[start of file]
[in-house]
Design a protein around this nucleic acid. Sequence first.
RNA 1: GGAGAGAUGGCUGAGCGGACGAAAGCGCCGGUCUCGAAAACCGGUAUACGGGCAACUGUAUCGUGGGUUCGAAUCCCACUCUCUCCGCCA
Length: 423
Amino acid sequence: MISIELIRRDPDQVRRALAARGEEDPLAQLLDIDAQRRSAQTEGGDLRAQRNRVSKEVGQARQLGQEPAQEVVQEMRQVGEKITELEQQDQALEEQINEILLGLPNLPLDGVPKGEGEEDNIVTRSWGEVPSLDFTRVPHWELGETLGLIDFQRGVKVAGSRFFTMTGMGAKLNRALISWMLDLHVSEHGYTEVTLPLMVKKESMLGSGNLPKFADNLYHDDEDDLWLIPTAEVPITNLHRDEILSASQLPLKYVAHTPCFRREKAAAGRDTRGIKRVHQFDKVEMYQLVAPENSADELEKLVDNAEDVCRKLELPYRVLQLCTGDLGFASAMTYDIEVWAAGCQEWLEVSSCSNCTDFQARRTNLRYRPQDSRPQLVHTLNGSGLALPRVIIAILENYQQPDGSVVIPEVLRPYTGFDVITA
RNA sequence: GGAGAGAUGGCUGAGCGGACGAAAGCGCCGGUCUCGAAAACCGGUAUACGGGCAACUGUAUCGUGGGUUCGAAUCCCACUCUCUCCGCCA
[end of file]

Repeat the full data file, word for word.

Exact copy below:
[in-house]
Design a protein around this nucleic acid. Sequence first.
RNA 1: GGAGAGAUGGCUGAGCGGACGAAAGCGCCGGUCUCGAAAACCGGUAUACGGGCAACUGUAUCGUGGGUUCGAAUCCCACUCUCUCCGCCA
Length: 423
Amino acid sequence: MISIELIRRDPDQVRRALAARGEEDPLAQLLDIDAQRRSAQTEGGDLRAQRNRVSKEVGQARQLGQEPAQEVVQEMRQVGEKITELEQQDQALEEQINEILLGLPNLPLDGVPKGEGEEDNIVTRSWGEVPSLDFTRVPHWELGETLGLIDFQRGVKVAGSRFFTMTGMGAKLNRALISWMLDLHVSEHGYTEVTLPLMVKKESMLGSGNLPKFADNLYHDDEDDLWLIPTAEVPITNLHRDEILSASQLPLKYVAHTPCFRREKAAAGRDTRGIKRVHQFDKVEMYQLVAPENSADELEKLVDNAEDVCRKLELPYRVLQLCTGDLGFASAMTYDIEVWAAGCQEWLEVSSCSNCTDFQARRTNLRYRPQDSRPQLVHTLNGSGLALPRVIIAILENYQQPDGSVVIPEVLRPYTGFDVITA
RNA sequence: GGAGAGAUGGCUGAGCGGACGAAAGCGCCGGUCUCGAAAACCGGUAUACGGGCAACUGUAUCGUGGGUUCGAAUCCCACUCUCUCCGCCA